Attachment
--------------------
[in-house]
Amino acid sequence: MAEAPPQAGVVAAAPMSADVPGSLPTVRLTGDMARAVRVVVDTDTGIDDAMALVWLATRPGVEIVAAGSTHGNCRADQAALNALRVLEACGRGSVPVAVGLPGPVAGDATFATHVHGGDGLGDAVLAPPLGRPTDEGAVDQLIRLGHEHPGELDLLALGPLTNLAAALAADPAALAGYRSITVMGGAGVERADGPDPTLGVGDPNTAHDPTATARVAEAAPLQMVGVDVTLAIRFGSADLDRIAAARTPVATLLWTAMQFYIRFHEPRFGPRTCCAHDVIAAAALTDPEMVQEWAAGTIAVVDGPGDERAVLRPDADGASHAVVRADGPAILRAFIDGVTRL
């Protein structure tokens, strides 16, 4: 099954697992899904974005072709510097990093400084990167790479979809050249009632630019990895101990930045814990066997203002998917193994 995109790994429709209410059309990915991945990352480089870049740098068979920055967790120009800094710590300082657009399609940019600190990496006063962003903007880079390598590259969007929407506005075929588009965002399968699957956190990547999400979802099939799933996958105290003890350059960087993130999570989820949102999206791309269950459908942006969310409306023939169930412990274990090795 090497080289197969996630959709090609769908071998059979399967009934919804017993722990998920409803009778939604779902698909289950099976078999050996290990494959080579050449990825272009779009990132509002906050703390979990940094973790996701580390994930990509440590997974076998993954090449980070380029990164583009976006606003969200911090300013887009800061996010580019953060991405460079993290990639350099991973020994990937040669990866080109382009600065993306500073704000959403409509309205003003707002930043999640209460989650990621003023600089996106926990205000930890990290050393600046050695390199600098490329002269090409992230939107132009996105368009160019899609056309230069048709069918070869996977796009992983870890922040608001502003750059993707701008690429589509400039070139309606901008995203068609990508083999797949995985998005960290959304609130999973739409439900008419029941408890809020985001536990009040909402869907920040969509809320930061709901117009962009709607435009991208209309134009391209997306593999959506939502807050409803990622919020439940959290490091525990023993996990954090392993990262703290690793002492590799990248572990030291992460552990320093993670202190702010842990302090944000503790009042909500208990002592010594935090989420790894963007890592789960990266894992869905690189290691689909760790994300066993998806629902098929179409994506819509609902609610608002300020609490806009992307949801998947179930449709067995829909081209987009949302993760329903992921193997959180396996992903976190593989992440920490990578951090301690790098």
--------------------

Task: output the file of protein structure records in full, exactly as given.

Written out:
[in-house]
Amino acid sequence: MAEAPPQAGVVAAAPMSADVPGSLPTVRLTGDMARAVRVVVDTDTGIDDAMALVWLATRPGVEIVAAGSTHGNCRADQAALNALRVLEACGRGSVPVAVGLPGPVAGDATFATHVHGGDGLGDAVLAPPLGRPTDEGAVDQLIRLGHEHPGELDLLALGPLTNLAAALAADPAALAGYRSITVMGGAGVERADGPDPTLGVGDPNTAHDPTATARVAEAAPLQMVGVDVTLAIRFGSADLDRIAAARTPVATLLWTAMQFYIRFHEPRFGPRTCCAHDVIAAAALTDPEMVQEWAAGTIAVVDGPGDERAVLRPDADGASHAVVRADGPAILRAFIDGVTRL
């Protein structure tokens, strides 16, 4: 099954697992899904974005072709510097990093400084990167790479979809050249009632630019990895101990930045814990066997203002998917193994 995109790994429709209410059309990915991945990352480089870049740098068979920055967790120009800094710590300082657009399609940019600190990496006063962003903007880079390598590259969007929407506005075929588009965002399968699957956190990547999400979802099939799933996958105290003890350059960087993130999570989820949102999206791309269950459908942006969310409306023939169930412990274990090795 090497080289197969996630959709090609769908071998059979399967009934919804017993722990998920409803009778939604779902698909289950099976078999050996290990494959080579050449990825272009779009990132509002906050703390979990940094973790996701580390994930990509440590997974076998993954090449980070380029990164583009976006606003969200911090300013887009800061996010580019953060991405460079993290990639350099991973020994990937040669990866080109382009600065993306500073704000959403409509309205003003707002930043999640209460989650990621003023600089996106926990205000930890990290050393600046050695390199600098490329002269090409992230939107132009996105368009160019899609056309230069048709069918070869996977796009992983870890922040608001502003750059993707701008690429589509400039070139309606901008995203068609990508083999797949995985998005960290959304609130999973739409439900008419029941408890809020985001536990009040909402869907920040969509809320930061709901117009962009709607435009991208209309134009391209997306593999959506939502807050409803990622919020439940959290490091525990023993996990954090392993990262703290690793002492590799990248572990030291992460552990320093993670202190702010842990302090944000503790009042909500208990002592010594935090989420790894963007890592789960990266894992869905690189290691689909760790994300066993998806629902098929179409994506819509609902609610608002300020609490806009992307949801998947179930449709067995829909081209987009949302993760329903992921193997959180396996992903976190593989992440920490990578951090301690790098």